EU’s climate target for 2030: Finnish Industries support raising the target to 50%-55%


Finnish Industries has identified five conditions that need to be in place to successfully achieve the 2030 target. Achieving a more ambitious EU 2030 target will however require companies to make unprecedented investments – and within less than a decade. Therefore, economic reconstruction, recovery funding and climate measures need to efficiently go hand in hand, stresses Jyri Häkämies, Director General of the Confederation of Finnish Industries (EK).

The European Commission will propose to update the EU’s 2030 GHG emissions reduction target from the current 40% to as high as 55% this week. The target is certainly challenging but acceptable, says Jyri Häkämies, Director General.

“Finnish companies want to be at the forefront of climate action and we will also take on the new challenge for 2030. It is an important milestone towards a carbon-neutral Europe in 2050. Ambitious emissions reduction target can be reached if companies’ massive climate investments are encouraged. This can be done by ensuring that the EU and national recovery funding is directed at accelerating the sustainable growth of companies. “

The practical implementation of climate and energy policy must be planned in co-operation with the business. A good example of excellent co-operation between public and private sector is the preparation of low-carbon roadmaps for different business sectors in Finland, Häkämies reminds.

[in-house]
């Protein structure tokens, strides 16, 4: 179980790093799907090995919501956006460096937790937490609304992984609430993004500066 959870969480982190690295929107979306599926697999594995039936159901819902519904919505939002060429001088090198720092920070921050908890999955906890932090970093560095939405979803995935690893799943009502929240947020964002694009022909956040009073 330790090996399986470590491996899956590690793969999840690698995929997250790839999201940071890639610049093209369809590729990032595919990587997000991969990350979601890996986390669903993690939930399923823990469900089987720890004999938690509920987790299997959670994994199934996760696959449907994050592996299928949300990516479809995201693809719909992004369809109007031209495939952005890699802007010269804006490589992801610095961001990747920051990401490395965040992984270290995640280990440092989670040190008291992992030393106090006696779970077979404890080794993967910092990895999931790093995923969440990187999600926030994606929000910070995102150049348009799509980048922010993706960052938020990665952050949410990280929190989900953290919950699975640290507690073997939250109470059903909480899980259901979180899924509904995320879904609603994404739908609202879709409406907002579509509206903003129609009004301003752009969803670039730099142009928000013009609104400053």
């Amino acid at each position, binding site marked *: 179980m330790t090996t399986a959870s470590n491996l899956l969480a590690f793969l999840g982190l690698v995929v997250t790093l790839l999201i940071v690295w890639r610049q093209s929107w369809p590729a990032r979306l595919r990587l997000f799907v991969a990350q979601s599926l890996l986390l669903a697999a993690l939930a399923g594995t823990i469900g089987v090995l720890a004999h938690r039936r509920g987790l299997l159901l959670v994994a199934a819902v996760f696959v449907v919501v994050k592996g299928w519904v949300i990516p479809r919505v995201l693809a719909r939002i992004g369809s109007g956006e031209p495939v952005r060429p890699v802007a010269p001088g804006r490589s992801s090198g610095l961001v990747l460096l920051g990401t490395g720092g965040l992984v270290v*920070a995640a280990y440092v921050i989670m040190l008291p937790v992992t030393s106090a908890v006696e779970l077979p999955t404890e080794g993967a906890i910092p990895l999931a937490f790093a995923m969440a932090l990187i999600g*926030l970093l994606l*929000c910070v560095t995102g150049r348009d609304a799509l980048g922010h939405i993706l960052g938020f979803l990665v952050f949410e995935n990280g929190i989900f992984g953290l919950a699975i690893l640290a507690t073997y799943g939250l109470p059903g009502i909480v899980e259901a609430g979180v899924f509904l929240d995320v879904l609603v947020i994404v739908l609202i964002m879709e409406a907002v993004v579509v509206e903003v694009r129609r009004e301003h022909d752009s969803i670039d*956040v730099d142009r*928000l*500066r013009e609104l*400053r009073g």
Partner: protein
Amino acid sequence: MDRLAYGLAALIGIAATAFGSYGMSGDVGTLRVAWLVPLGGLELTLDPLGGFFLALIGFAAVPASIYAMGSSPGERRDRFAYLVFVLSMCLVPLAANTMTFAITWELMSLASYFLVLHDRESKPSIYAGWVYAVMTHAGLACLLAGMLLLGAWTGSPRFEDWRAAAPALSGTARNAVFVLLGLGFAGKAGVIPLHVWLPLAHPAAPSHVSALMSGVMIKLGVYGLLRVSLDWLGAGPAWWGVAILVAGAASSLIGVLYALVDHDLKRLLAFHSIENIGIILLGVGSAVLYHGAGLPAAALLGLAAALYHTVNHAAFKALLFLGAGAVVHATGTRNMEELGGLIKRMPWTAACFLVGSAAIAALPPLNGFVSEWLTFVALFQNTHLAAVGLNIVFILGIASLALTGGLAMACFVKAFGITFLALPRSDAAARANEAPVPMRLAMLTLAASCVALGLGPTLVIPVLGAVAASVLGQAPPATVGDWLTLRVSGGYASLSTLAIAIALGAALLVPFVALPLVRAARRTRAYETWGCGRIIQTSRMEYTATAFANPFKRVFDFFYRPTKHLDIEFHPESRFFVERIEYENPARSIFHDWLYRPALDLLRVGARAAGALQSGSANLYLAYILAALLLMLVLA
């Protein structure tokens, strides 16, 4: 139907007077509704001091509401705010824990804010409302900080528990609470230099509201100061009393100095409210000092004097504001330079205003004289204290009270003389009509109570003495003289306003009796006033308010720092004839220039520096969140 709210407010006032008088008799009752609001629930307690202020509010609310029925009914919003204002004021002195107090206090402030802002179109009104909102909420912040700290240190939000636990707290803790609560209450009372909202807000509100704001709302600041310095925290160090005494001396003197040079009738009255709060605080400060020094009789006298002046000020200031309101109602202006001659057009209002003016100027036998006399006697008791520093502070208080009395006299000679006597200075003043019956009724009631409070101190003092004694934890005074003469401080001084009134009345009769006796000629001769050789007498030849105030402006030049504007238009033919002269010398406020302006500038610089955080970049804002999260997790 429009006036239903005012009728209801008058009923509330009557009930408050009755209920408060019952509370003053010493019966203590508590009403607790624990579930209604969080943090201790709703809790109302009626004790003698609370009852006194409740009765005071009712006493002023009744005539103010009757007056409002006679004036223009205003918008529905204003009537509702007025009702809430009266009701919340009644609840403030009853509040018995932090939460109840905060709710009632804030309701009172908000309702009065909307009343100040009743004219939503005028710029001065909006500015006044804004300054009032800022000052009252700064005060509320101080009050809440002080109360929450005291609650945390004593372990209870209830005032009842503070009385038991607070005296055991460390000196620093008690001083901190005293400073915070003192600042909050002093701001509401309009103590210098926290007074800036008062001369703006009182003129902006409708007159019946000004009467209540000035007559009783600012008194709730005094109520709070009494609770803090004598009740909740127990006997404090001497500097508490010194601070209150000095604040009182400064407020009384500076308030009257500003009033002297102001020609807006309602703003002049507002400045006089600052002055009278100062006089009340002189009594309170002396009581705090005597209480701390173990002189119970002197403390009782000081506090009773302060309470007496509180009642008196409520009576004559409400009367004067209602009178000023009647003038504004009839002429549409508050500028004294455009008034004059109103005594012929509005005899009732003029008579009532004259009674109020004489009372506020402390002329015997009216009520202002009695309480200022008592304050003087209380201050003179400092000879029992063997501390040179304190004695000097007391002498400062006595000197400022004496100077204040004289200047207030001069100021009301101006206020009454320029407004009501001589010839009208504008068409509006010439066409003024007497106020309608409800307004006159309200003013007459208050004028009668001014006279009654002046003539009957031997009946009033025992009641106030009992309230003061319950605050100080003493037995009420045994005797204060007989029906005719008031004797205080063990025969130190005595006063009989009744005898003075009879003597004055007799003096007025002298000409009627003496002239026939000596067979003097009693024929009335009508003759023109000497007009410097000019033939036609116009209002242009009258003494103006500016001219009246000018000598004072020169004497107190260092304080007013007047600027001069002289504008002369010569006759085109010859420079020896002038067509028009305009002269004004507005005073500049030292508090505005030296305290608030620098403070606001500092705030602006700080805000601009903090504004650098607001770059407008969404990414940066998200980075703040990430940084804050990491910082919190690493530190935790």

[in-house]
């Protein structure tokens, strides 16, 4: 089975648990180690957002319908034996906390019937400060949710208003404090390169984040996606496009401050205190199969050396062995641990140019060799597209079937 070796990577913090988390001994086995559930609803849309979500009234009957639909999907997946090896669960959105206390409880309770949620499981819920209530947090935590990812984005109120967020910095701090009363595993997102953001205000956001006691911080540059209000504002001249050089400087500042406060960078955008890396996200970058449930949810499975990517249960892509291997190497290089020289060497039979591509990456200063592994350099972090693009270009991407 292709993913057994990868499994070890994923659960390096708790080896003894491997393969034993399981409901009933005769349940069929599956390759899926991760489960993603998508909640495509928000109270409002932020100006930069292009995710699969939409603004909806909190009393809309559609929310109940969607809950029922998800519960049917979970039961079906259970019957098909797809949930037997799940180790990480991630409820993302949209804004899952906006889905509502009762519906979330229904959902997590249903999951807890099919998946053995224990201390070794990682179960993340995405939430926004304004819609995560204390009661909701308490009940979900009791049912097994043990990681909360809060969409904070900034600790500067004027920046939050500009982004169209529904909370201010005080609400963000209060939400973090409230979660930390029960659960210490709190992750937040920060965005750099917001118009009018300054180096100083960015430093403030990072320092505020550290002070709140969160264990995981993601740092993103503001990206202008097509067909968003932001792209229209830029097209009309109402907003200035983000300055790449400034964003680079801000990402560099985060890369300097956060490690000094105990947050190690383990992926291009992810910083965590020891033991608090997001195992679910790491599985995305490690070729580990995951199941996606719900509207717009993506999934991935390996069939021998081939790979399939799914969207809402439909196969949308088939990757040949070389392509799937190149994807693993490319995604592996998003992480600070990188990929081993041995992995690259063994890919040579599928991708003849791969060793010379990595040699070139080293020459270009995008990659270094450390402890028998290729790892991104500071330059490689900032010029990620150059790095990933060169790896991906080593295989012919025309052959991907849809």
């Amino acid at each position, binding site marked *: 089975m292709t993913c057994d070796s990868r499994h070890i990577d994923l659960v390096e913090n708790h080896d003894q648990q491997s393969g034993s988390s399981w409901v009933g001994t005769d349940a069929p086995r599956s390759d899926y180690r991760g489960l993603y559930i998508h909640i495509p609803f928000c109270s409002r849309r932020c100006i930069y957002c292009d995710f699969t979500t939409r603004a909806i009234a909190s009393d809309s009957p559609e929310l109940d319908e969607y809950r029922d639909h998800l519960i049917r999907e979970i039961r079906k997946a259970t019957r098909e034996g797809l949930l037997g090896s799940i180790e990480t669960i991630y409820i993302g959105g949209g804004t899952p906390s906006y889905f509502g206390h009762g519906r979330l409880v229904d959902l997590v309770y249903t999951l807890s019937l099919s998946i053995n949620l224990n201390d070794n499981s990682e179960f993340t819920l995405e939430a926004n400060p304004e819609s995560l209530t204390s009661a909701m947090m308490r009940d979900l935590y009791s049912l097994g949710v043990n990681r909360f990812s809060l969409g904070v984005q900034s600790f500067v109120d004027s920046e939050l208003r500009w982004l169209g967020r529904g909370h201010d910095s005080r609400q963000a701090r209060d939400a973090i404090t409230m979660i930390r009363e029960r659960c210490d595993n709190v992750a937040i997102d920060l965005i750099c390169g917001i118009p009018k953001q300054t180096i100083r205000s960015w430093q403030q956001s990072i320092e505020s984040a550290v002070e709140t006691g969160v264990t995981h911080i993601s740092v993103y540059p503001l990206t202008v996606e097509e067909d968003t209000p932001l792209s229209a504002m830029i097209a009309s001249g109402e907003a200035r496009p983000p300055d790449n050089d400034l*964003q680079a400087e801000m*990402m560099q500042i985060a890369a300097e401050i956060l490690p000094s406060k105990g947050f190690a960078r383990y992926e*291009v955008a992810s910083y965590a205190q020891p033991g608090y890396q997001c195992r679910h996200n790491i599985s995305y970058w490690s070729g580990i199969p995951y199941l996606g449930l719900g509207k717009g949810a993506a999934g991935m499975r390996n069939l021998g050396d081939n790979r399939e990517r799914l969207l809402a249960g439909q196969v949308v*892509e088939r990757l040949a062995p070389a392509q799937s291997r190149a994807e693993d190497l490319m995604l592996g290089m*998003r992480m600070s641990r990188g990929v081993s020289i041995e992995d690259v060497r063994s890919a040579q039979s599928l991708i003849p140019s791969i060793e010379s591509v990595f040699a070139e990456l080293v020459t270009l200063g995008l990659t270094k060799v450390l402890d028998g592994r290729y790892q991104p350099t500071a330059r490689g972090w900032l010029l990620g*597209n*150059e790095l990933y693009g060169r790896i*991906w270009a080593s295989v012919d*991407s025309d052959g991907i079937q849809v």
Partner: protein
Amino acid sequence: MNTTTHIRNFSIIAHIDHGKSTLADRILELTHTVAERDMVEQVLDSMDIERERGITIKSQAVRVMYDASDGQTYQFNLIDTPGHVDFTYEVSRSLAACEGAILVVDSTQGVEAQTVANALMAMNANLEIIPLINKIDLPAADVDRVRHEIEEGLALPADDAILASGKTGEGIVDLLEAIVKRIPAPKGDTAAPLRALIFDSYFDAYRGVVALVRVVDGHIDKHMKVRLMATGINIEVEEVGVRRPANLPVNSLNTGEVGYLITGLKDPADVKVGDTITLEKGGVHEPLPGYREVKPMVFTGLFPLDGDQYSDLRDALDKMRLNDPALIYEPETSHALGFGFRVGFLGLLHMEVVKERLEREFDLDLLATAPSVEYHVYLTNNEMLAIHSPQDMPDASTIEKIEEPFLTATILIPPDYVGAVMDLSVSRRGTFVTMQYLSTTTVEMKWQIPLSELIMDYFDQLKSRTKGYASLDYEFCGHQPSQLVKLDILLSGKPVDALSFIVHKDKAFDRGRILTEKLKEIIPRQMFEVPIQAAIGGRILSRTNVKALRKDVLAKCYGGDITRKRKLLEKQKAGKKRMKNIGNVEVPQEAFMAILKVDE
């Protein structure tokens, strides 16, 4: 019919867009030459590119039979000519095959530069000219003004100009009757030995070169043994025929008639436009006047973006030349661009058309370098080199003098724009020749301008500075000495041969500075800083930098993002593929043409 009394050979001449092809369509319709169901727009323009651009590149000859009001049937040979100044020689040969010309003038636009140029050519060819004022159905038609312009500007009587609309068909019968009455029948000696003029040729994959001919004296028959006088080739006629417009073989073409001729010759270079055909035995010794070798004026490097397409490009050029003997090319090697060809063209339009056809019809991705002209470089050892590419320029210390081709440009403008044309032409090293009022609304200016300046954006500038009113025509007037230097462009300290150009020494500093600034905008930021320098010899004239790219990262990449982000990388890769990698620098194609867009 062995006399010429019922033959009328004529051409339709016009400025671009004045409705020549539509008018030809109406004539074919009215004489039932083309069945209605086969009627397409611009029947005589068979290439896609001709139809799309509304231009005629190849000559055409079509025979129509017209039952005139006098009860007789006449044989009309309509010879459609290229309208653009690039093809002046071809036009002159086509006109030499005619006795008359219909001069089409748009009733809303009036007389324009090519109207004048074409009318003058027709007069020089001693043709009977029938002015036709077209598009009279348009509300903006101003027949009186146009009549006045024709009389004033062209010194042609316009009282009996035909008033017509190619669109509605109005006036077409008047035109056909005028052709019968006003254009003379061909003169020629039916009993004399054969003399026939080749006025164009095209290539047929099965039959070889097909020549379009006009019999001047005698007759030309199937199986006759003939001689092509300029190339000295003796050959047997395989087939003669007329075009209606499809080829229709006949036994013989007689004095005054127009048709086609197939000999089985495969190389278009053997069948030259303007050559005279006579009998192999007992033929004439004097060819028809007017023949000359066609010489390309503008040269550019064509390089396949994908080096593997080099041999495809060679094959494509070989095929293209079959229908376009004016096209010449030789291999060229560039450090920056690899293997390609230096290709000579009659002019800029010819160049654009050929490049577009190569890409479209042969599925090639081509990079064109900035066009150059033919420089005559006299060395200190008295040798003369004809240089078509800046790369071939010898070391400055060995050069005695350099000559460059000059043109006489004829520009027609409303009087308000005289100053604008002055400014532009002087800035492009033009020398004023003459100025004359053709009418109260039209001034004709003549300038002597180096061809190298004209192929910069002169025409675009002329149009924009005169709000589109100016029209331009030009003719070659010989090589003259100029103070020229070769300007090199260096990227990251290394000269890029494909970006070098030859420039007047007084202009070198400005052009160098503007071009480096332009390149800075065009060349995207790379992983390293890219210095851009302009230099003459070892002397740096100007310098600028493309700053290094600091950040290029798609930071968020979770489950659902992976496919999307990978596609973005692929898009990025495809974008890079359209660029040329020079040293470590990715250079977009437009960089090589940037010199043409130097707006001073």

5 conditions that need to be in place to successfully achieve the 2030 target:

  1. We need to quickly mobilize emission reducing pilot projects as well as invest in new technology. For this end, both the EU and national recovery funds need to be used efficiently. It is also essential to invest in electrification and other low-emission energy solutions as well as hydrogen and carbon capture and reuse as a raw material.
  2. The EU emissions trading scheme (EU ETS) and other market-based instruments are essential. The EU ETS includes means of ensuring that European companies can compete globally as the EU’s ambitious climate policy advances. Free allocation and the compensation of indirect electricity costs will continue to play a crucial role for business as the updated 2030 target is likely to raise the price of allowances. In the service sectors in Finland, emission reductions must be promoted by the reduction of the electricity tax and support for the small-scale renewable production. If competitiveness deteriorates in any business, the necessary support measures must be taken.
  3. Business investment should not be slowed down by regulatory uncertainty. A new EU- or national-level regulation or revision should be made only if it is inevitable for reaching the updated 2030 climate target.
  4. It is important for the EU to play an active role in international climate policy to involve other countries in tightening up their own targets in accordance with the Paris Climate Agreement. A system of international emissions reduction units needs to be introduced to help Europe to achieve its ambitious target by carrying out climate project outside Europe.
  5. Finland’s positive climate impact must be maximized through exports, via the so-called positive carbon handprint where Finnish companies’ low-carbon solutions and products reduce their clients’ carbon footprint. These solutions and products must be marketed as widely as possible, both in the EU and the rest of the world. The more we can export Finnish climate solutions, the higher the positive carbon handprint.

The proposed updated climate target for 2030 will become part of the EU’s climate law, which is currently debated in the European Parliament and the Council. The European Parliament is discussing on a 60% GHG emissions reduction target. Among the Member States, seven countries, Finland included, are supporting the 55% target.